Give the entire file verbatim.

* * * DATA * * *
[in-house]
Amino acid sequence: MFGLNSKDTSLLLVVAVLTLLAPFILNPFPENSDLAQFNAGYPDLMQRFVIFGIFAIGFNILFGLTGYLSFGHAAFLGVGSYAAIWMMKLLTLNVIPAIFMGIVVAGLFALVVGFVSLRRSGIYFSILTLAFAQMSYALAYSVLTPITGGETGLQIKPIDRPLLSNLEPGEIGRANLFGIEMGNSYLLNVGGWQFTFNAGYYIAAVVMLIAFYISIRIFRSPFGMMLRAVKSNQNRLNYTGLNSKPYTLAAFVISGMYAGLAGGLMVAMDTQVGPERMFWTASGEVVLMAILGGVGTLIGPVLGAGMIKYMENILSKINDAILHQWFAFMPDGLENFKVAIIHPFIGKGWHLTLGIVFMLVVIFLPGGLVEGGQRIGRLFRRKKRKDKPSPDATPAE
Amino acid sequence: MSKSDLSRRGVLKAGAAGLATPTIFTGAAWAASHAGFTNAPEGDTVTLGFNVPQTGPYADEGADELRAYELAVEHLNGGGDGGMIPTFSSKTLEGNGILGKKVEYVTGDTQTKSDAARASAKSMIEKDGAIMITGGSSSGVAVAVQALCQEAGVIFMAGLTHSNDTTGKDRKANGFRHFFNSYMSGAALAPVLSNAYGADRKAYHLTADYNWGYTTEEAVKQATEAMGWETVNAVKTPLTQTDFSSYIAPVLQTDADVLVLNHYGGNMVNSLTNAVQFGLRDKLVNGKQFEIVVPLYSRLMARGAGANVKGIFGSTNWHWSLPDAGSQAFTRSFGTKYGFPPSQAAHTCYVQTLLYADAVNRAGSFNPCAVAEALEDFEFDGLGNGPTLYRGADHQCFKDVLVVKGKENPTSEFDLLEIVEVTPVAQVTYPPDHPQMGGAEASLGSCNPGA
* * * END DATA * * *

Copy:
[in-house]
Amino acid sequence: MFGLNSKDTSLLLVVAVLTLLAPFILNPFPENSDLAQFNAGYPDLMQRFVIFGIFAIGFNILFGLTGYLSFGHAAFLGVGSYAAIWMMKLLTLNVIPAIFMGIVVAGLFALVVGFVSLRRSGIYFSILTLAFAQMSYALAYSVLTPITGGETGLQIKPIDRPLLSNLEPGEIGRANLFGIEMGNSYLLNVGGWQFTFNAGYYIAAVVMLIAFYISIRIFRSPFGMMLRAVKSNQNRLNYTGLNSKPYTLAAFVISGMYAGLAGGLMVAMDTQVGPERMFWTASGEVVLMAILGGVGTLIGPVLGAGMIKYMENILSKINDAILHQWFAFMPDGLENFKVAIIHPFIGKGWHLTLGIVFMLVVIFLPGGLVEGGQRIGRLFRRKKRKDKPSPDATPAE
Amino acid sequence: MSKSDLSRRGVLKAGAAGLATPTIFTGAAWAASHAGFTNAPEGDTVTLGFNVPQTGPYADEGADELRAYELAVEHLNGGGDGGMIPTFSSKTLEGNGILGKKVEYVTGDTQTKSDAARASAKSMIEKDGAIMITGGSSSGVAVAVQALCQEAGVIFMAGLTHSNDTTGKDRKANGFRHFFNSYMSGAALAPVLSNAYGADRKAYHLTADYNWGYTTEEAVKQATEAMGWETVNAVKTPLTQTDFSSYIAPVLQTDADVLVLNHYGGNMVNSLTNAVQFGLRDKLVNGKQFEIVVPLYSRLMARGAGANVKGIFGSTNWHWSLPDAGSQAFTRSFGTKYGFPPSQAAHTCYVQTLLYADAVNRAGSFNPCAVAEALEDFEFDGLGNGPTLYRGADHQCFKDVLVVKGKENPTSEFDLLEIVEVTPVAQVTYPPDHPQMGGAEASLGSCNPGA